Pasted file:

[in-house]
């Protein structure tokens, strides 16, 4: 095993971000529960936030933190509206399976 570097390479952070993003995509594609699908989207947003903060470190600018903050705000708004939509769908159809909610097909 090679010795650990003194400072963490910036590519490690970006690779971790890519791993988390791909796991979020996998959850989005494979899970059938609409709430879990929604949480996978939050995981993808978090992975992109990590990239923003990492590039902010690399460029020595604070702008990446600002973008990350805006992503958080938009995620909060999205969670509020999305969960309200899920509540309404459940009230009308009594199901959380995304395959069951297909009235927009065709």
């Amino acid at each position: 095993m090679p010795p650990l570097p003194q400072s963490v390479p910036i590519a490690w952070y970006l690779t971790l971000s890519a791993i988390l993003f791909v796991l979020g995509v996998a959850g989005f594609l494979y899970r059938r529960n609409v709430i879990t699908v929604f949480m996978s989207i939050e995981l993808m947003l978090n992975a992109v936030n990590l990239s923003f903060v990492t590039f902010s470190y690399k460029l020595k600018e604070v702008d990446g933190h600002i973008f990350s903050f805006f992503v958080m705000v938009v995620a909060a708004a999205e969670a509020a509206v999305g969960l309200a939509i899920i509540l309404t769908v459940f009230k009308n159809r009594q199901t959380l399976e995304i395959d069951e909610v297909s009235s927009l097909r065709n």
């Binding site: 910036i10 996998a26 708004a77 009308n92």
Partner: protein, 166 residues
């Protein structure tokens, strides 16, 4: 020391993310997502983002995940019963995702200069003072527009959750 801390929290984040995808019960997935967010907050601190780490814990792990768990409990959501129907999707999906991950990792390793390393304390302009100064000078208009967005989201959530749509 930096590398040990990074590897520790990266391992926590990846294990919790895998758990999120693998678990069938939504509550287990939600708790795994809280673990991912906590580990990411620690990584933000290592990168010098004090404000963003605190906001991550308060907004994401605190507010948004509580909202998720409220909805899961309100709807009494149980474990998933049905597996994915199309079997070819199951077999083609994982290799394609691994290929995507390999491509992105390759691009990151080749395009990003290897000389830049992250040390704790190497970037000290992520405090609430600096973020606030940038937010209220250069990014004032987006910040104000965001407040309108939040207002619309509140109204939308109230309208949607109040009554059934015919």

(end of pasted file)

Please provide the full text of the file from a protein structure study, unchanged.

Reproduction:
[in-house]
């Protein structure tokens, strides 16, 4: 095993971000529960936030933190509206399976 570097390479952070993003995509594609699908989207947003903060470190600018903050705000708004939509769908159809909610097909 090679010795650990003194400072963490910036590519490690970006690779971790890519791993988390791909796991979020996998959850989005494979899970059938609409709430879990929604949480996978939050995981993808978090992975992109990590990239923003990492590039902010690399460029020595604070702008990446600002973008990350805006992503958080938009995620909060999205969670509020999305969960309200899920509540309404459940009230009308009594199901959380995304395959069951297909009235927009065709």
């Amino acid at each position: 095993m090679p010795p650990l570097p003194q400072s963490v390479p910036i590519a490690w952070y970006l690779t971790l971000s890519a791993i988390l993003f791909v796991l979020g995509v996998a959850g989005f594609l494979y899970r059938r529960n609409v709430i879990t699908v929604f949480m996978s989207i939050e995981l993808m947003l978090n992975a992109v936030n990590l990239s923003f903060v990492t590039f902010s470190y690399k460029l020595k600018e604070v702008d990446g933190h600002i973008f990350s903050f805006f992503v958080m705000v938009v995620a909060a708004a999205e969670a509020a509206v999305g969960l309200a939509i899920i509540l309404t769908v459940f009230k009308n159809r009594q199901t959380l399976e995304i395959d069951e909610v297909s009235s927009l097909r065709n």
């Binding site: 910036i10 996998a26 708004a77 009308n92």
Partner: protein, 166 residues
């Protein structure tokens, strides 16, 4: 020391993310997502983002995940019963995702200069003072527009959750 801390929290984040995808019960997935967010907050601190780490814990792990768990409990959501129907999707999906991950990792390793390393304390302009100064000078208009967005989201959530749509 930096590398040990990074590897520790990266391992926590990846294990919790895998758990999120693998678990069938939504509550287990939600708790795994809280673990991912906590580990990411620690990584933000290592990168010098004090404000963003605190906001991550308060907004994401605190507010948004509580909202998720409220909805899961309100709807009494149980474990998933049905597996994915199309079997070819199951077999083609994982290799394609691994290929995507390999491509992105390759691009990151080749395009990003290897000389830049992250040390704790190497970037000290992520405090609430600096973020606030940038937010209220250069990014004032987006910040104000965001407040309108939040207002619309509140109204939308109230309208949607109040009554059934015919």